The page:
Since the very beginning of motorsports competition, a common thread has run through the sport: It takes money to go fast. An old joke goes something like, “You know how to make a million dollars at racing? Start with five million!” In this day of Formula One teams spending half a billion dollars during a season, it’s hard to imagine a time when an individual racer could be competitive in a race series with a home-made car, running on a shoe-string budget.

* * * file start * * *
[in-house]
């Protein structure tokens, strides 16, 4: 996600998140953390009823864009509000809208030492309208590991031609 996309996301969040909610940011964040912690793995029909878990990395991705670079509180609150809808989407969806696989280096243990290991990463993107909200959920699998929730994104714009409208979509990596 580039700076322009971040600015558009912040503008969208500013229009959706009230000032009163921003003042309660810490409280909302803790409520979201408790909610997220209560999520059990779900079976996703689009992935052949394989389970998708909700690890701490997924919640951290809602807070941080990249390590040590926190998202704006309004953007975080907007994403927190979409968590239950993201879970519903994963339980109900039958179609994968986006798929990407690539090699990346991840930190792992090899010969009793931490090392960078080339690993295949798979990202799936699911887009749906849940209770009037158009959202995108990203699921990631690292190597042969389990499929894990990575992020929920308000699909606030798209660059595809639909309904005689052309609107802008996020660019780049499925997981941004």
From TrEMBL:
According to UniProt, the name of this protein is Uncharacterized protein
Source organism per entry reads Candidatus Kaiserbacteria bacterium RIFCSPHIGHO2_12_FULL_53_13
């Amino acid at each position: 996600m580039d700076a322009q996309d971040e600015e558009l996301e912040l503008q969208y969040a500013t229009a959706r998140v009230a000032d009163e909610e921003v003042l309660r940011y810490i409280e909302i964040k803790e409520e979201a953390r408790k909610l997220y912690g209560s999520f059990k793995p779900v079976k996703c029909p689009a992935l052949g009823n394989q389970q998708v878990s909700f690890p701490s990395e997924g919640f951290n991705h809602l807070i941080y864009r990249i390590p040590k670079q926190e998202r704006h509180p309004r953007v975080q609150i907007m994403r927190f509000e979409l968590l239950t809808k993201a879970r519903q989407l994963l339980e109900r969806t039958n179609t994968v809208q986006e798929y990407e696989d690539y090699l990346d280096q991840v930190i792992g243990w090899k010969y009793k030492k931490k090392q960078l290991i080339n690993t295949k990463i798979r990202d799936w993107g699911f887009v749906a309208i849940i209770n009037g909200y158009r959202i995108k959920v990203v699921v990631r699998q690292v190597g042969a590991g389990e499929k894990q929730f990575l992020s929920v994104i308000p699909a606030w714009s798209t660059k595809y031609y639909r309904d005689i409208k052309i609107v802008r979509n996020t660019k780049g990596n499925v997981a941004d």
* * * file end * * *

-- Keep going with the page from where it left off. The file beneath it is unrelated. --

Long before there were such things as factory teams, large transporters, and professional drivers, enthusiasts with limited resources looked for ways to enter the sport. Many decided the only avenue available was to build their own car. A number of years ago, one such enthusiast did just that by building a tubular frame chassis and dropping in the best engine (a 500-cc) he could find at the time. When finished, the car weighed in at just under 600 pounds. The builder then entered the car in two long-distance races of 80 and 100 miles in length. Against many larger cars, he won both events. The builders name was Louis Renault and the year was 1899.
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